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TARO GROWING INFORMATION
© Frances and Jeff Michaels
BOTANICAL NAME:Colocasia esculenta
Taro, cultivars 'Bun Long' syn. Purple Spot Taro; and 'Chinese'; Dasheen
Taro is grown as a root crop throughout the humid tropics and is one of the most important food staples in the Pacific.
It needs a long, frost-free growing season and plenty of water. Taro has large, light green, heart-shaped leaves, fleshy
stems and grows up to 1.5 m in height. Taro is suitable for both wetland and dryland culture. It will grow well in partial
shade, making it an excellent understorey plant. Flowers are infrequent and it rarely sets seed.
The cultivar 'Bun-long'
is an excellent eating taro with a creamy white, dense, starchy
flesh with purple flecks, it grows well in tropical zones. The leaves are green with a purplish centre spot, the stems
become reddish as they mature.
cultivar suits areas from northern NSW to south-east Qld.
Recommended planting time:
Any time of year in frost-free areas, in spring in cold areas.
Best growth occurs at 25-35°C.
Plant the tuber a few centimetres below the soil surface.
60-90 cm apart with 1.8 m between rows.
Well-drained soil enriched with plenty of organic matter; pH 5.5 - 7.
Taro is propagated in two ways:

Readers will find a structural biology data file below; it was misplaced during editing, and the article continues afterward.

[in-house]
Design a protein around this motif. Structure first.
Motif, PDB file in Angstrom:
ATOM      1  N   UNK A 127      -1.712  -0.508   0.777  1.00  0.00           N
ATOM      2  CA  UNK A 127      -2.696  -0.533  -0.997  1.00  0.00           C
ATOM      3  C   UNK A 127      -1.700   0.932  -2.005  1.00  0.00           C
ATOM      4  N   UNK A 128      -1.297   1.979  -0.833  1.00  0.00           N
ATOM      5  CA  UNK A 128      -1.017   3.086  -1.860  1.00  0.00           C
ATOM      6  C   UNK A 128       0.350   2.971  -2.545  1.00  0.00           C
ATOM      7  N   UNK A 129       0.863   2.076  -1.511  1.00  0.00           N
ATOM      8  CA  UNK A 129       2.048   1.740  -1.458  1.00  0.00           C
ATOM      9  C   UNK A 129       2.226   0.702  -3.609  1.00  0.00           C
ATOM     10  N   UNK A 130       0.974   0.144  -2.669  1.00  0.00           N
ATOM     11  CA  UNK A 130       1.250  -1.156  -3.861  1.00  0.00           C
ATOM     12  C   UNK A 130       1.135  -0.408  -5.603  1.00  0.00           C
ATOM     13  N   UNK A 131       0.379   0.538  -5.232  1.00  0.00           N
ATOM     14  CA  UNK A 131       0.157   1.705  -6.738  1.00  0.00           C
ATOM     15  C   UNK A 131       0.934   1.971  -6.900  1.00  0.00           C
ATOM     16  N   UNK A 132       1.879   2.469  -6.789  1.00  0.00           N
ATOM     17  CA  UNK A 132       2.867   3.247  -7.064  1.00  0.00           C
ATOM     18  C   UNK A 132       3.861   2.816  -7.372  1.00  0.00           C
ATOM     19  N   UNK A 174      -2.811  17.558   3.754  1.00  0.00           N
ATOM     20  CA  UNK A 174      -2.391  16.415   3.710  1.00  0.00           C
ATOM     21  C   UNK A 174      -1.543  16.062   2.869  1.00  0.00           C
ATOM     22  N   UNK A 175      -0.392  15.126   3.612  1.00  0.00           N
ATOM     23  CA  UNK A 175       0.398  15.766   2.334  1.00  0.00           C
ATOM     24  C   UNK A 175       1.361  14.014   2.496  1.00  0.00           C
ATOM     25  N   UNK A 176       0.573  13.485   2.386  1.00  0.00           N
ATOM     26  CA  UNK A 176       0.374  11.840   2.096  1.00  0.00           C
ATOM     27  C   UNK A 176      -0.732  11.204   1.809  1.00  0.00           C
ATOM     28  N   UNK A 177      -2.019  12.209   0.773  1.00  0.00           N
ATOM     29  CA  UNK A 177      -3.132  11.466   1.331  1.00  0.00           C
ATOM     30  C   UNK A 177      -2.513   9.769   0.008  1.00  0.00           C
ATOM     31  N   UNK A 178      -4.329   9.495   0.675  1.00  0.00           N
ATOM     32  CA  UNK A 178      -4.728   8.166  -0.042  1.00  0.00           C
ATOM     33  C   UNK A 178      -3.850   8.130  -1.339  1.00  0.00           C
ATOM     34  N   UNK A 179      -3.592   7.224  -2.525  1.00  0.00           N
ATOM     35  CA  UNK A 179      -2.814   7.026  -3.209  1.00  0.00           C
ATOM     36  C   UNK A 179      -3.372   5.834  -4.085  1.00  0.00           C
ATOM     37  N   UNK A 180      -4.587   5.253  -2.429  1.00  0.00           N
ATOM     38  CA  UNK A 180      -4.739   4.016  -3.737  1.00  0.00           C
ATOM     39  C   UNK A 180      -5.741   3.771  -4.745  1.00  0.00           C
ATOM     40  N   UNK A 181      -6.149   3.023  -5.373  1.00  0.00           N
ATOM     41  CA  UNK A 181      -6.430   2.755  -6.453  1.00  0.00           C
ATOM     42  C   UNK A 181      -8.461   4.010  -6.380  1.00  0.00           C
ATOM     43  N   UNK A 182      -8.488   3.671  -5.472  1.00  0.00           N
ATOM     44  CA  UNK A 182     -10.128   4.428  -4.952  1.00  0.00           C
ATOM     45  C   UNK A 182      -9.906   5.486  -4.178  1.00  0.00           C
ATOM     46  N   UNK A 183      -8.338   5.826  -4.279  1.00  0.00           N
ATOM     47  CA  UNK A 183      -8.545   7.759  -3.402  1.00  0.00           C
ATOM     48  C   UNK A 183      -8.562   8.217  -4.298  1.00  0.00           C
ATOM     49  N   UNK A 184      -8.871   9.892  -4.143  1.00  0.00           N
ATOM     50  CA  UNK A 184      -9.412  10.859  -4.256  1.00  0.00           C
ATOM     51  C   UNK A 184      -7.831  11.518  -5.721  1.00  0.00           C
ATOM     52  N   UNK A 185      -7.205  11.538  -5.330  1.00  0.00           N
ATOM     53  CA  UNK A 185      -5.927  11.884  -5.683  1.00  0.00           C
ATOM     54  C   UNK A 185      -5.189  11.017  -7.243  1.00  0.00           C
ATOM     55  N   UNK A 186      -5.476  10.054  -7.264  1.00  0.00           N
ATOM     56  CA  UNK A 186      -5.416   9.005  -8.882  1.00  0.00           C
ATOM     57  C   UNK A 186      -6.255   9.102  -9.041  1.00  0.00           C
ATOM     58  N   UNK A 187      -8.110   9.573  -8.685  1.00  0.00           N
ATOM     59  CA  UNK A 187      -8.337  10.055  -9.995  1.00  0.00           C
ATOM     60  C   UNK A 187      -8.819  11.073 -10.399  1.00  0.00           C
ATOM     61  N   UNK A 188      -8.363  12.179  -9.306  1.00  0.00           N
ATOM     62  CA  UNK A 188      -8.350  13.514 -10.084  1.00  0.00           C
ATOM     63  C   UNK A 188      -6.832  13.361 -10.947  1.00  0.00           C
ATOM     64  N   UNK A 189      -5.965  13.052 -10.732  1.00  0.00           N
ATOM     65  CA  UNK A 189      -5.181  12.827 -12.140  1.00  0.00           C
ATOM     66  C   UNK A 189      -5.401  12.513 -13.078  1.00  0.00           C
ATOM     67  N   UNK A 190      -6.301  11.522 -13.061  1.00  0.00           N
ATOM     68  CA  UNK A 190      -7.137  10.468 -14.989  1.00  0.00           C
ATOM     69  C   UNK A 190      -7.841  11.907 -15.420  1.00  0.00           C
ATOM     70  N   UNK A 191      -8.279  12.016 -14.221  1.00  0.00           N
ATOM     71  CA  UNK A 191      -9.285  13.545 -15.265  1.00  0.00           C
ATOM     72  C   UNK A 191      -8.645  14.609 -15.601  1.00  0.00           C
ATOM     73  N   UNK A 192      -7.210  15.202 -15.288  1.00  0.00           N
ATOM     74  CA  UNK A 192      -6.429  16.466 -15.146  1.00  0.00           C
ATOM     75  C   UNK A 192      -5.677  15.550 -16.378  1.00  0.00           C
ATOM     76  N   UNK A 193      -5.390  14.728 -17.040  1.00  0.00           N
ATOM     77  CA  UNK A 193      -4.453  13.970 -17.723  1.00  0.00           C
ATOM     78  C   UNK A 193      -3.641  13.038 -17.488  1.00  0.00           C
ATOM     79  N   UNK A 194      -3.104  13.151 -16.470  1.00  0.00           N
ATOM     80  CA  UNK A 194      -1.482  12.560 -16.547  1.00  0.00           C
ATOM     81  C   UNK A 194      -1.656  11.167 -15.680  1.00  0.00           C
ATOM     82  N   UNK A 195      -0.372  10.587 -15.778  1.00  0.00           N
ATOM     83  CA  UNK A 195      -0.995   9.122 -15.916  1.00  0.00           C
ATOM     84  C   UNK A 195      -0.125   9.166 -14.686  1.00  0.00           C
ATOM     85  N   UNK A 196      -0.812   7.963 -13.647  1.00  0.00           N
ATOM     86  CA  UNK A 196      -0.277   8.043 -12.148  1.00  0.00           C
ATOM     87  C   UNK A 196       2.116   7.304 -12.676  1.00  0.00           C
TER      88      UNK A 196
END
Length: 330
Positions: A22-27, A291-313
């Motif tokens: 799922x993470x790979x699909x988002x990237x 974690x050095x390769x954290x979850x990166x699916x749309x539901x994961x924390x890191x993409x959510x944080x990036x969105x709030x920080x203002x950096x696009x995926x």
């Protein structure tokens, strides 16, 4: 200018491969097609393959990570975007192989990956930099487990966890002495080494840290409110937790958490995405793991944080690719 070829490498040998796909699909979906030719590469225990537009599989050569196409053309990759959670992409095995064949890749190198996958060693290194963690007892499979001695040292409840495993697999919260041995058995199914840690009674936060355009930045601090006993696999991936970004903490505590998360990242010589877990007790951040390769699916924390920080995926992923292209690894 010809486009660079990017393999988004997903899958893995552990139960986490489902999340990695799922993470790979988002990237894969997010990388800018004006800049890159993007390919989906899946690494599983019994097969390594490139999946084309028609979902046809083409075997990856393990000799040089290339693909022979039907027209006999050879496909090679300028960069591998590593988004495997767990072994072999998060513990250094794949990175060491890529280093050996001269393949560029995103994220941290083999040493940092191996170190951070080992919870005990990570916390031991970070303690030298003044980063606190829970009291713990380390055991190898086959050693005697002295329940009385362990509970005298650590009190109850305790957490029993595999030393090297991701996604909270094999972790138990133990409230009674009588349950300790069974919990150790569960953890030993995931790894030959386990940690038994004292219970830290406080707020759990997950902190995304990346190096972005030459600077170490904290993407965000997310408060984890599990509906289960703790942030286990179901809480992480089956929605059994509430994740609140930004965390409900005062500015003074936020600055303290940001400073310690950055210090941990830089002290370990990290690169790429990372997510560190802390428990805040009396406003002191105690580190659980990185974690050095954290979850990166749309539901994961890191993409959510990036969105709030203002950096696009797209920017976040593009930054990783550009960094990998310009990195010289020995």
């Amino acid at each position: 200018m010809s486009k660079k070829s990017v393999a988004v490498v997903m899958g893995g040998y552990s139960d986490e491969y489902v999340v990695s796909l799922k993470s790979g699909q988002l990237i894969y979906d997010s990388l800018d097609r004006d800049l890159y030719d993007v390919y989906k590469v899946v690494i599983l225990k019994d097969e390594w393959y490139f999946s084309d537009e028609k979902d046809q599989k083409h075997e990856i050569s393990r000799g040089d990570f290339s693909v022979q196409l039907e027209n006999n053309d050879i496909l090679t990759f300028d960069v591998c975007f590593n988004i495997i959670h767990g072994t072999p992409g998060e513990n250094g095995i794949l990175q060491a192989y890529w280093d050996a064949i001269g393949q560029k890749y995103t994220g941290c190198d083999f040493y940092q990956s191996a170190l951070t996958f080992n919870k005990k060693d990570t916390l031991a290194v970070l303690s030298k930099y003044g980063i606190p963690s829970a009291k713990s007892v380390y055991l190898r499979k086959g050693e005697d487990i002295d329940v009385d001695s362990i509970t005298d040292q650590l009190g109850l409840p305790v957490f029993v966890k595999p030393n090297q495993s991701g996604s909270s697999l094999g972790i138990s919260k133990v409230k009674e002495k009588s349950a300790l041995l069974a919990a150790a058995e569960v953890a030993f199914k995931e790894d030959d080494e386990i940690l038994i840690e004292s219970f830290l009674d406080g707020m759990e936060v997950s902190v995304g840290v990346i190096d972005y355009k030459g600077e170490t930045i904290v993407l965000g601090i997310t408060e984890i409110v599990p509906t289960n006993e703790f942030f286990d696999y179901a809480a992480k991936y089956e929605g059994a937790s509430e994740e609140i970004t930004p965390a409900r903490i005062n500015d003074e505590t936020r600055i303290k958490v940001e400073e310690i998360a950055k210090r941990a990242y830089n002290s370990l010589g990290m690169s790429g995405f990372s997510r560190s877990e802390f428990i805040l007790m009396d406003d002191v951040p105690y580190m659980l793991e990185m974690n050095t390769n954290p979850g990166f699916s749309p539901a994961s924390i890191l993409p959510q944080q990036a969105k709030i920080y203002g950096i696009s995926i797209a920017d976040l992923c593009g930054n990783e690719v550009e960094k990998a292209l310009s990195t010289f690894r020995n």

1. by offshoots from the mother corm. Offshoots are separated from the main plant when they are at
least 15 cm in height.
2. by chopping the dark top section of the taro tuber into small pieces, leave for a day to allow
surfaces to dry and replant.
Taro needs consistent irrigation and a well-drained rich soil with plenty of organic matter. Fertilise two or three times
during the growing season; potash is particularly important.
The crop matures in 9-12 months, when the leaves begin to yellow and die down and there is a slight lifting of the tubers.
Lift the tubers as you would sweet potatoes. Taro does not store for longer than a month, so leave tubers in the soil until
Taro tubers are peeled and then baked, steamed, boiled or mashed. In Hawaii, it is sliced and fried into taro chips. Taro
starch grains are extremely small and easily digested. Due to the presence of calcium oxalate crystals which can irritate
the mouth, it cannot be eaten raw. In Polynesia, poi is made from fermented ground taro; it is grey to mauve in colour,
sour but nourishing and said to be good for the digestion. Young leaves can also be eaten well-cooked.
1 medium sized taro (about 500g)
1 tbsp milk (or coconut milk)
1 egg yolk
Peel the taro, boil and mash it; mix in the milk, egg yolk, salt and pepper, and shape into flat cakes. Roll these in
flour and fry in oil. Makes 12 small cakes.
2 medium sized taro (about 1kg)
milk of one coconut
salt and pepper
2 birdseye chillies
50g grated cheese
Peel the taro and cut into thin rounds. Grease a wide casserole dish with the butter and place the sliced taro in it.
Add the salt, pepper, chopped chillies and pour the coconut milk over the top. Cover the dish and bake at 175 C for
about 1½ hours. Take out, remove lid, sprinkle with cheese and bake until the cheese is golden brown.
is a type of Taro used for its leaves and stems.